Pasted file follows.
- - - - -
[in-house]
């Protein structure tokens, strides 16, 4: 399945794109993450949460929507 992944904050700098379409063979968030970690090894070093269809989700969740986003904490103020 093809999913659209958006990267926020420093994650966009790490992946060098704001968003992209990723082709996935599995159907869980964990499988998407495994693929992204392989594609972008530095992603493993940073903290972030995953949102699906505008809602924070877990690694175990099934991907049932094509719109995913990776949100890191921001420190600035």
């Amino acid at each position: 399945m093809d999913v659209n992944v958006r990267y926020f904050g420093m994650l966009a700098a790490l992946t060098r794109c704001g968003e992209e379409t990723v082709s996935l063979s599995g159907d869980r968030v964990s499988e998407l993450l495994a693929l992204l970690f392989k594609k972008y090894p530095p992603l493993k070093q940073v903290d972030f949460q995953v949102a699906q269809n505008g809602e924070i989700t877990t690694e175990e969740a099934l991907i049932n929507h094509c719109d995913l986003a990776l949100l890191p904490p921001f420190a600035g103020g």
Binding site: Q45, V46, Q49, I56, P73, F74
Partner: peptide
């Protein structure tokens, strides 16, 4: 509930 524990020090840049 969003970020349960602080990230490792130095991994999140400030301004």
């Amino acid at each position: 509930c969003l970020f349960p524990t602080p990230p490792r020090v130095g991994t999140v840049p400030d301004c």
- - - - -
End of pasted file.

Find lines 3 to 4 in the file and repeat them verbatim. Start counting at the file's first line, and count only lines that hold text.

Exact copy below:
């Amino acid at each position: 399945m093809d999913v659209n992944v958006r990267y926020f904050g420093m994650l966009a700098a790490l992946t060098r794109c704001g968003e992209e379409t990723v082709s996935l063979s599995g159907d869980r968030v964990s499988e998407l993450l495994a693929l992204l970690f392989k594609k972008y090894p530095p992603l493993k070093q940073v903290d972030f949460q995953v949102a699906q269809n505008g809602e924070i989700t877990t690694e175990e969740a099934l991907i049932n929507h094509c719109d995913l986003a990776l949100l890191p904490p921001f420190a600035g103020g």
Binding site: Q45, V46, Q49, I56, P73, F74